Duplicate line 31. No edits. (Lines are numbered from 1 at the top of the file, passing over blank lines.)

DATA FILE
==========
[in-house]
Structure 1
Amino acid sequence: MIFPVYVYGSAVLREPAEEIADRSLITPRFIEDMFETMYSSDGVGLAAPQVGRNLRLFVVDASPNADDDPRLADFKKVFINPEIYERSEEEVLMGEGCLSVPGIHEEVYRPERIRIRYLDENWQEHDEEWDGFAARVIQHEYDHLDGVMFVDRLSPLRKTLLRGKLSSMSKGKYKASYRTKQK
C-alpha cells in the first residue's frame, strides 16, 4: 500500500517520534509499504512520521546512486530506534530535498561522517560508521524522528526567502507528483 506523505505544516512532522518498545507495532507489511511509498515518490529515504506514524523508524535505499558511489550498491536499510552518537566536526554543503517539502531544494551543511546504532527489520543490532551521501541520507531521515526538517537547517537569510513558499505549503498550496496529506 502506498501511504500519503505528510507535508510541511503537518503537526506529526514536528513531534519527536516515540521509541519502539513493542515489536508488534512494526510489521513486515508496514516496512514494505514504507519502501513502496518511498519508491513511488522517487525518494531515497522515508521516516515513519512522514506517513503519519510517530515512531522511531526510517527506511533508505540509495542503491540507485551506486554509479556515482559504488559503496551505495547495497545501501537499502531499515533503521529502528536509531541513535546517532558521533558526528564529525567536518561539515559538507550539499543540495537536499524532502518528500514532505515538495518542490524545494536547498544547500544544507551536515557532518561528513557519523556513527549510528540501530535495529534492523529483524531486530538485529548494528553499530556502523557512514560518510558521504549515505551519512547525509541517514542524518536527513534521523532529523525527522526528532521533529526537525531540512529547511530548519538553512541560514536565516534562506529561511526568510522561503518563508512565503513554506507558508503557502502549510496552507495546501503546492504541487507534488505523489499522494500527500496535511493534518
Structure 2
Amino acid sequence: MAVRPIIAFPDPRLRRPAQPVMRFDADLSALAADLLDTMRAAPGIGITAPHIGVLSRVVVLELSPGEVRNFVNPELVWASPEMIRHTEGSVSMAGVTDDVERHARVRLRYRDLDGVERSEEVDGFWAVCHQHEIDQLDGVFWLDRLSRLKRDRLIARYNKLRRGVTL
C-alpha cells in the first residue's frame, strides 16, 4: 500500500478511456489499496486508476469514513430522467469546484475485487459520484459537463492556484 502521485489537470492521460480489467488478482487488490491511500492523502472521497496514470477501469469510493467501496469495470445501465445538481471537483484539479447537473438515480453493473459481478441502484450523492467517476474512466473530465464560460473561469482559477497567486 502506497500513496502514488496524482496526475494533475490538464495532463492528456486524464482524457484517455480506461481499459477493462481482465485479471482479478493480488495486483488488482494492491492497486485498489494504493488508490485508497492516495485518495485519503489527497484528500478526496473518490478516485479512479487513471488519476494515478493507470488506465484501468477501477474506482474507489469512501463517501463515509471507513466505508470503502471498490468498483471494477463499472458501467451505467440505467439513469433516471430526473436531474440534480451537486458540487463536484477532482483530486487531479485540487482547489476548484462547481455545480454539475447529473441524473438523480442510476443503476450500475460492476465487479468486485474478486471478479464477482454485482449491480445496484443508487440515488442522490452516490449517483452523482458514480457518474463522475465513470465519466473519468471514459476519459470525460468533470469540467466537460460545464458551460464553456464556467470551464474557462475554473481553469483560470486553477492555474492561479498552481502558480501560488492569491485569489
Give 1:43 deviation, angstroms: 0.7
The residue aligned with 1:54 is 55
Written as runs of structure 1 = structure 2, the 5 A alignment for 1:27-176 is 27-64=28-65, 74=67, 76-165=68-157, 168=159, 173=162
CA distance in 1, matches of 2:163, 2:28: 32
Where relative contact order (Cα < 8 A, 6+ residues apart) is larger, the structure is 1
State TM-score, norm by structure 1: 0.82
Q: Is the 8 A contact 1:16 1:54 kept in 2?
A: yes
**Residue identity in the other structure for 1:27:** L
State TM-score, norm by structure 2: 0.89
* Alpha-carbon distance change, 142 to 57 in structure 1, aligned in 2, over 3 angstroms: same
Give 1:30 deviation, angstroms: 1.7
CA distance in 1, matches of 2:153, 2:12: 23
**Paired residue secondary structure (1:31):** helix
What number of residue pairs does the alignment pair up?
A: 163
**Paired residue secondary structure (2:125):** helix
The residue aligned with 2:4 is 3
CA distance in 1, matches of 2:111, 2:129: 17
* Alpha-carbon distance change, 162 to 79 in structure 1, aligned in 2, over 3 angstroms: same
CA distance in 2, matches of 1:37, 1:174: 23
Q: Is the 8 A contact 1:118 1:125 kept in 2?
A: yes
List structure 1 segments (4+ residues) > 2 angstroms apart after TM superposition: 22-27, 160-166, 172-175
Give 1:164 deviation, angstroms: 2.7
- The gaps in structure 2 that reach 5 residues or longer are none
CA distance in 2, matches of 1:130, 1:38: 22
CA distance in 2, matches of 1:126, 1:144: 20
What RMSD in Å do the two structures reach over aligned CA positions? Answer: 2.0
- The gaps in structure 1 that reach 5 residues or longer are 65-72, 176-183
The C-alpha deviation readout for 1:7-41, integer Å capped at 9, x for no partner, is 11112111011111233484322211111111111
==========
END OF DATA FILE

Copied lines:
List structure 1 segments (4+ residues) > 2 angstroms apart after TM superposition: 22-27, 160-166, 172-175